In the most outlandish scene in “The King’s Man” — if not the strangest scene of the year — Orlando Oxford (Ralph Fiennes), a sneaky aristocrat who will go on to form the first British secret-service agency (and is already acting like a rogue spy), shows up for a meeting with Grigori Rasputin, the fevered mystic and demonic holy man of Imperial Russia, played by Rhys Ifans as if he were starring in a historical thriller directed by Mel Brooks.
It’s the eve of World War I, and Orlando intends to exploit Rasputin’s considerable sway over the Tsar to convince Russia to enter the war. Hidden under Christlike hair and a fuzzy black beard, eyes ablaze with eroticized cunning, his Draculoid Row-shun accent dripping with sociopathic scorn, Ifans’ Rasputin enters a gilded party like a rock star draped with goth girls. At dinner, he explains to Orlando that he can heal his bum leg; he does so by taking him to a private chamber and lasciviously licking the battle wound on his thigh. The mad monk then stuffs a British almond cake in his mouth in two bites, vomits the whole thing up (suspecting that it’s been poisoned), and proceeds to face off against Orlando and his son, Conrad (Harris Dickinson), in a leaping altercation choreographed — of course! — to The 1812 Overture. It’s a gonzo action scene, but if you told me it was the new Bud Light Seltzer Lemonade commercial, I’d believe you.
Not all of “The King’s Man” is that defiantly nutzoid. The movie, the third in Matthew Vaughn’s popular “Kingsman” series (drawn from the comic books of Mark Millar and Dave Gibbons), is a prequel to “Kingsman: The Secret Service” (2015) and “Kingsman: The Golden Circle” (2017). Since this one is set in an earlier period, with the decorous Ralph Fiennes now in charge (Colin Firth, Taron Egerton, Julianne Moore, Mark Strong, Samuel. L Jackson, Michael Caine, Halle Berry, and Channing Tatum have all left the Savile Row building), it flirts, at moments, with having a more restrained tone, as if it were the “Masterpiece Theatre” chapter of the series. The film oscillates, rather awkwardly, between grandiose cartoon heroics and a kind of dutiful flatness. Fiennes, as a widower (we see his wife killed during the Boer War in the movie’s prologue), plays his character totally straight, which means that we’re supposed to be caught up in the drama of the fearfully overprotective attitude he has toward his adult son. But the film’s emotional center is basically a cream filling.
And it’s not like restraint rules the day. “The King’s Man” presents the eruption of World War I as the playing out of a childhood ego spat between King George, the German emperor Kaiser Wilhelm, and the Russian leader Tsar Nicholas, all of whom are played by Tom Hollander. Rasputin, in the midst of keeping the Tsar and his wife hooked on opium, belongs to a secret cabal of criminals who meet on the flat top of a giant stone mountain, where their fearless leader, who we see only from the back of his bald head, gnashes away in a Scottish brogue as he seethes for world domination.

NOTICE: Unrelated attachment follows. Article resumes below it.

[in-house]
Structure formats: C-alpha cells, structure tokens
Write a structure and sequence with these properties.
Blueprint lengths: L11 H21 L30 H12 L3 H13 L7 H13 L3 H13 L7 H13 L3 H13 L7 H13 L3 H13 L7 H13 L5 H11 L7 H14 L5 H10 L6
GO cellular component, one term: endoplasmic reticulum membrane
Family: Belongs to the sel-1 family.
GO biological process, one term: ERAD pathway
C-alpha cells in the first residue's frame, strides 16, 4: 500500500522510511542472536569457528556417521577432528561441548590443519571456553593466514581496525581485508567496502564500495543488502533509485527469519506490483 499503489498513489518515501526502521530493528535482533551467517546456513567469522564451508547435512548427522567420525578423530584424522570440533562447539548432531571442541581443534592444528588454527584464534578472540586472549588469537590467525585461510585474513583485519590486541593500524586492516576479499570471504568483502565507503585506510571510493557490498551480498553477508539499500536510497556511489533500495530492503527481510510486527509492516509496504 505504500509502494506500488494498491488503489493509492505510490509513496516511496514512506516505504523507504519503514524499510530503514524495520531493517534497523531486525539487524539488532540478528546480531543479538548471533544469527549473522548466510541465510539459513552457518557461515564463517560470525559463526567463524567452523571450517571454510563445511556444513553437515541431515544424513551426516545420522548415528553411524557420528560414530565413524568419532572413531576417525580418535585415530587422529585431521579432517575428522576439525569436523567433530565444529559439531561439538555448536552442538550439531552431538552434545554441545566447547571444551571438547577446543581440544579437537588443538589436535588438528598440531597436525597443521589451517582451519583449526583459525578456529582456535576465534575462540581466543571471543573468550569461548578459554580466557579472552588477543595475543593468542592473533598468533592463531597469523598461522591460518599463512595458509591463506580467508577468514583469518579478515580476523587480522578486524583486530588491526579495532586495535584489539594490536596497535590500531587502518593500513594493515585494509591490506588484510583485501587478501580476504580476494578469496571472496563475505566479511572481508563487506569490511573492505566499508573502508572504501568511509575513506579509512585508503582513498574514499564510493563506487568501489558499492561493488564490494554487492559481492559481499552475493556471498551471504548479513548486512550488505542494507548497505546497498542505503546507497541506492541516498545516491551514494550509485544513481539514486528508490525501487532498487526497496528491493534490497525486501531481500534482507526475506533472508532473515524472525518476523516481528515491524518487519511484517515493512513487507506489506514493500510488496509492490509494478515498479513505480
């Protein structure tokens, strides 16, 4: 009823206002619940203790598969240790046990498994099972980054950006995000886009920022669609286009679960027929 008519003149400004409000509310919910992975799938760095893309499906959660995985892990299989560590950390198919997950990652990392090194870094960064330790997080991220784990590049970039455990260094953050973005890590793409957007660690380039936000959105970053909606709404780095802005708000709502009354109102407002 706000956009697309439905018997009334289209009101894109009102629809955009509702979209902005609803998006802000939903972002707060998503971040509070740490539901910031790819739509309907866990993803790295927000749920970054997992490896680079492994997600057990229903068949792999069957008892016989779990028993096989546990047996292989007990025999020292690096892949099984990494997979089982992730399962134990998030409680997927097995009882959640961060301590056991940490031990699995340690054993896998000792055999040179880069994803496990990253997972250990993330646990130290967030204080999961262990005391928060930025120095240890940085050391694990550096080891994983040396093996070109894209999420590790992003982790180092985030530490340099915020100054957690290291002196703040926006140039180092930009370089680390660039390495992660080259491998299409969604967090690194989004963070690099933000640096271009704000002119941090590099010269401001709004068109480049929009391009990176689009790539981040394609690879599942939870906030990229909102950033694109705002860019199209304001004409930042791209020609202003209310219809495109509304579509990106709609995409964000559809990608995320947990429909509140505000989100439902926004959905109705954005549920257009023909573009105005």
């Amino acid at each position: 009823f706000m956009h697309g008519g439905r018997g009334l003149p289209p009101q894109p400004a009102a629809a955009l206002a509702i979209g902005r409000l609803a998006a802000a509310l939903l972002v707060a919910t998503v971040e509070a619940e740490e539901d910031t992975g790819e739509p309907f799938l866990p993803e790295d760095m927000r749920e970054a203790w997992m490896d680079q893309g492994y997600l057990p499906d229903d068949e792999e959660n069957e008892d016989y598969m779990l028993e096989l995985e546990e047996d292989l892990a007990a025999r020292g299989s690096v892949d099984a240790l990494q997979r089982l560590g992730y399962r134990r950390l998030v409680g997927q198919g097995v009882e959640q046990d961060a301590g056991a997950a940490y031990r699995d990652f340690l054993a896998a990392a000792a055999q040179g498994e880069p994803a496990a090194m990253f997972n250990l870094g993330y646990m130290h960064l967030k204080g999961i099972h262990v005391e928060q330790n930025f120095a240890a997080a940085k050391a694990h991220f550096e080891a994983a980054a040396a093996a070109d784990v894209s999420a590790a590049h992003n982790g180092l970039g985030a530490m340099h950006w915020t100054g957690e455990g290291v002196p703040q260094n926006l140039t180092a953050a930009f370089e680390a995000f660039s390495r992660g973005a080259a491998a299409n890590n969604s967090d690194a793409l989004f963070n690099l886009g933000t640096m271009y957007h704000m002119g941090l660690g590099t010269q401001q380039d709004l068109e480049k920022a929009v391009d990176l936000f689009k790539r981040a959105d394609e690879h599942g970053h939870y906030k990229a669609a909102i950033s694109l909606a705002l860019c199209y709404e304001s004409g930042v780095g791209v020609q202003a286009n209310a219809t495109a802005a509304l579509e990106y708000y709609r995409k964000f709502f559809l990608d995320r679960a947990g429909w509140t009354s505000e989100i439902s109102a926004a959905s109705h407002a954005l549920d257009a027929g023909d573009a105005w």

The “Kingsman” films may be the quintessential action mashup movies that put old and new genres into the Mixmaster, playing a high-intensity schlock game of slice-and-dice. Their basic premise — an elite club of British spies, operating independently of the government — is obviously an airy knockoff of the Bond mystique. But the fact that the Kingsman organization has, as its headquarters, a bespoke shop on Savile Row, with ancient tailors in the front room, is the kind of fanciful cornball setup that takes one back to the ’60s — to the opening credits of “Get Smart” and the Batcave, to the satirically slashing bowler-hat civility of “The Avengers.” The “Kingsman” films unfold in a stiff-upper-lip British demimonde where even the most lethal espionage players are “gentlemen.”
At the same time, they’re insanely balletic forward-thinking action films. The director, Matthew Vaughn, who in 2004 made “Layer Cake” (a movie sharp enough to have won Daniel Craig the role of 007), looked for a while like he might be a true suspense-film artist, but he turned out to be a glibly talented purveyor of hyperbolic stylish kinetics. He’s good at it, but the “Kingsman” films are demonstrations of how even a grounded genre can now be whipped into fantasy razzmatazz. “The King’s Man” is an origin story that feels like a reboot, and though no one in it possesses unearthly powers, the film’s underlying model is still the team-superhero movie.
The film weaves in and out of historical events like the assassination of Archduke Ferdinand, the spark that lit WWI; in this film it’s the result of a conspiracy launched by that villainous cabal. Vaughn turns it into a decent set piece, and when our heroes finally approach the stone mountain, with Fiennes’ Oxford parachuting solo out of a propeller plane, Vaughn’s staging is dizzyingly effective. But this is still a movie in which the showdown between good and evil turns on the vengeance taken by a very angry goat.